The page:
Driver’s license suspensions increase the probability that Black – but not white – drivers incur more traffic tickets, even after the debt is paid, research shows.
Officials in Brazil recently asked women to avoid pregnancy, citing heightened risk to them and newborns. But births were already dropping; a new study attributes it to the trauma of Zika.
A new study suggests exposure to police violence may affect the outcome of a pregnancy.
The widely contested report has caused outrage across the UK. But is it inaccurate?
COVID-19 has underscored the value of parks and public spaces. A new survey shows that US mayors have gotten the message, but post-pandemic plans for public spaces remain largely undefined.
A food policy researcher helps make sense of the lexicon of US food policy terms, and explains how they relate to racial justice.
Racial, ethnic and class inequities regarding gifted and talented services are found in most school districts.
Some calls to resolve racial inequities in the US have raised an idea with roots more than a century old: community land trusts to assemble property for the benefit of Black Americans.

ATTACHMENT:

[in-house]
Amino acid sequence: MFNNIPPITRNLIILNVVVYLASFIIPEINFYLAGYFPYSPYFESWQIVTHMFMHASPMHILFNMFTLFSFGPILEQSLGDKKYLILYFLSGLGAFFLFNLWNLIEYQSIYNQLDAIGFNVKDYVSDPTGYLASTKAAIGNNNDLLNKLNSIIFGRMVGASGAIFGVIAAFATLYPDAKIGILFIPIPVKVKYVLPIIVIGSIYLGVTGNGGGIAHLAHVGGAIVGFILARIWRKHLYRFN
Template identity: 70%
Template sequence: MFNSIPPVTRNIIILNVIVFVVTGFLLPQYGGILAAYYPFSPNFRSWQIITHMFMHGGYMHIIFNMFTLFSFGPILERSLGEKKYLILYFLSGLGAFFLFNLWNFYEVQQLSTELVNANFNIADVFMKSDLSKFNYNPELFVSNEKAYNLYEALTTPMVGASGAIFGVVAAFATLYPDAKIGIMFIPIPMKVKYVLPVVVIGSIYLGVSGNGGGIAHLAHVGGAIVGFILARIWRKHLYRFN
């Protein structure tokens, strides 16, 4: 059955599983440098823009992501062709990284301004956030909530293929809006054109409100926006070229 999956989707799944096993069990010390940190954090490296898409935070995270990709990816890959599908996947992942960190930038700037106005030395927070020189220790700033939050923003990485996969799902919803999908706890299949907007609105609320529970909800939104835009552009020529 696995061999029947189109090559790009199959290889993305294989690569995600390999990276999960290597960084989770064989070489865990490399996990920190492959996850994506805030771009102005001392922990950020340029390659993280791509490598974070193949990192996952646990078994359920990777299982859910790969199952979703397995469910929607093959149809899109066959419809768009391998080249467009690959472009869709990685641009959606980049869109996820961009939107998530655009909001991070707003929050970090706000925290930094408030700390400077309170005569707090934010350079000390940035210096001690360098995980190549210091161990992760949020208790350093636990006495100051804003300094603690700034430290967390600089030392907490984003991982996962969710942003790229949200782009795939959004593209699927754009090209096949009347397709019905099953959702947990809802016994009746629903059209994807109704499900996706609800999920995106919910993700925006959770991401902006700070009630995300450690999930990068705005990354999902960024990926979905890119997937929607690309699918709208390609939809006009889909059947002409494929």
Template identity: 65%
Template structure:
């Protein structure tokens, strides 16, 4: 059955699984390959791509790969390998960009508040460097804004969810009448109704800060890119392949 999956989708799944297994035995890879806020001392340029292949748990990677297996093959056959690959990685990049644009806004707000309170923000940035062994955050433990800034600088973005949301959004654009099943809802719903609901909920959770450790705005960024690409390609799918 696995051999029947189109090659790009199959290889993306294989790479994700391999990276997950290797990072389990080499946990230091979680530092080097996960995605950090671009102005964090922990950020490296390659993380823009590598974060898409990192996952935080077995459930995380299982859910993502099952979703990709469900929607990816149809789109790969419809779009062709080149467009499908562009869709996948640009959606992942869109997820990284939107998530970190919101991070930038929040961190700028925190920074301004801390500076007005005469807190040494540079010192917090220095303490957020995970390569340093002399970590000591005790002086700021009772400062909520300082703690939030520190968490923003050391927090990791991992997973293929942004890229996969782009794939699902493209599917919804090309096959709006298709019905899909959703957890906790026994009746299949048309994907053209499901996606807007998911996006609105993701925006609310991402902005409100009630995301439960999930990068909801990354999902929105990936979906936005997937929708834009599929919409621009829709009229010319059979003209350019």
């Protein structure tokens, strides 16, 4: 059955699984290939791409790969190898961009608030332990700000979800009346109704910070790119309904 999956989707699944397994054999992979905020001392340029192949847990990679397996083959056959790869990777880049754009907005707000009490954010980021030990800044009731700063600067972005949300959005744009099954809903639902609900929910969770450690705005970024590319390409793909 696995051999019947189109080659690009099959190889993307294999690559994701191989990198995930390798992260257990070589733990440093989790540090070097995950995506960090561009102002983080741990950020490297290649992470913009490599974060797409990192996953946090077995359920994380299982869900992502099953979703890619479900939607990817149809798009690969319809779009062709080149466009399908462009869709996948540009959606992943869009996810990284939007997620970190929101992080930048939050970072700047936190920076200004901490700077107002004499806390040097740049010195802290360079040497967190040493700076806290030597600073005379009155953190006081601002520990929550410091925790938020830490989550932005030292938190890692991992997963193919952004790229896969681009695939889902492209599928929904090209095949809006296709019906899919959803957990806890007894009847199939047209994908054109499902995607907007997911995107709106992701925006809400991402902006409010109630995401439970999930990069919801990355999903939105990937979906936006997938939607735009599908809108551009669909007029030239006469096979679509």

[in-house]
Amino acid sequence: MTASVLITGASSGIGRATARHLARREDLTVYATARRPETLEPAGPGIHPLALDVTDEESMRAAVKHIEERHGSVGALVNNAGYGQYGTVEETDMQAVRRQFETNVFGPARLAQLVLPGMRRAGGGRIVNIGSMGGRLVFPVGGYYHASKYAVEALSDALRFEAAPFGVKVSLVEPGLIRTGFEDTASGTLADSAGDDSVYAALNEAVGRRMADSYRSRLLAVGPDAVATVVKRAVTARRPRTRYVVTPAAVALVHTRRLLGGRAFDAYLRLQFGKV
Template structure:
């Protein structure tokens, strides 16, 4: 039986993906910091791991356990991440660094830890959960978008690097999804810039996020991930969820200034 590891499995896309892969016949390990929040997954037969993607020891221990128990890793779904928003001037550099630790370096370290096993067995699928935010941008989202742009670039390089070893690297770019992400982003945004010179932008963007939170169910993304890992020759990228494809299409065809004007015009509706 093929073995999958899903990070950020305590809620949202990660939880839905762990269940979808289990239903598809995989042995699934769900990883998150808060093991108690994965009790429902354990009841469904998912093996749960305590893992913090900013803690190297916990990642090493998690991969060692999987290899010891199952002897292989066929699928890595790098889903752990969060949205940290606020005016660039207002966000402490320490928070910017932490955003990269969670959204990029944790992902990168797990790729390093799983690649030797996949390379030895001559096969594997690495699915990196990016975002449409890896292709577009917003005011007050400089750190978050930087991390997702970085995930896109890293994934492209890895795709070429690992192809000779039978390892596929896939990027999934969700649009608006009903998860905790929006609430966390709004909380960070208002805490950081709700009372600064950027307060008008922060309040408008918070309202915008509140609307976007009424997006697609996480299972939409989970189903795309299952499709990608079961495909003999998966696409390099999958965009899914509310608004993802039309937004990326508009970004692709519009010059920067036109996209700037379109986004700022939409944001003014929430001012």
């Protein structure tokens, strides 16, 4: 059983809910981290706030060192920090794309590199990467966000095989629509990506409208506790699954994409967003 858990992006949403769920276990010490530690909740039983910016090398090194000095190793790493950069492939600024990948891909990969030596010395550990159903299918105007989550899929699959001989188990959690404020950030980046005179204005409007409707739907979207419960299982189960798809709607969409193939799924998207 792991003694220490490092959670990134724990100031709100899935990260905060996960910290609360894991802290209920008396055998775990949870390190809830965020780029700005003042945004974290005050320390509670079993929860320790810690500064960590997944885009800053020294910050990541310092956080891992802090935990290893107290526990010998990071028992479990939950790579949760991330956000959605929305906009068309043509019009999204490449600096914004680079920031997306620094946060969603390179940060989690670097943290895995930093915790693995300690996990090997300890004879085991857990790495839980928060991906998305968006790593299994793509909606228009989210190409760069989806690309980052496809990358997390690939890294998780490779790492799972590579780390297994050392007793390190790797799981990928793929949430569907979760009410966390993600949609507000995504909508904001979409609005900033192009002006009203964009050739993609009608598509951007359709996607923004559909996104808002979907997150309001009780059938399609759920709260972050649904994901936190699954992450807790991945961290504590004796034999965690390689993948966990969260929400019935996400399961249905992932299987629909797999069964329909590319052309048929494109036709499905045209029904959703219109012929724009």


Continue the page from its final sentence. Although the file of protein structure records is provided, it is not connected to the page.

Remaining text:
Any HBCU closures brought on by the COVID-19 pandemic could potentially hinder the careers of many Black Americans.
In many national crises, black Americans have been essential workers – but serving in crucial roles has not resulted in economic equality.
It is rare for a post-authoritarian society to get two chances to reconcile. This may be just that, for white South Africans in particular.
One in 5 of the poorest US households don’t have a car and rely on public transportation to get around.
Underlying direct or personal violence is structural violence that is entrenched in unequal power relations in society.
States do not record the structural violence of racism as part of crime statistics. But this invisible violence has driven some people to self-harm. It has also masked forms of suicide.
An experiment compared the experience of Anglo, Indian and Muslim Middle Eastern “renters” looking for housing. The differences in how they were treated were significant.
Black male kids who start out by excelling in STEM gradually lose interest due to low teacher expectations and racial stereotyping. The result? Blacks hold only 6% of all STEM jobs.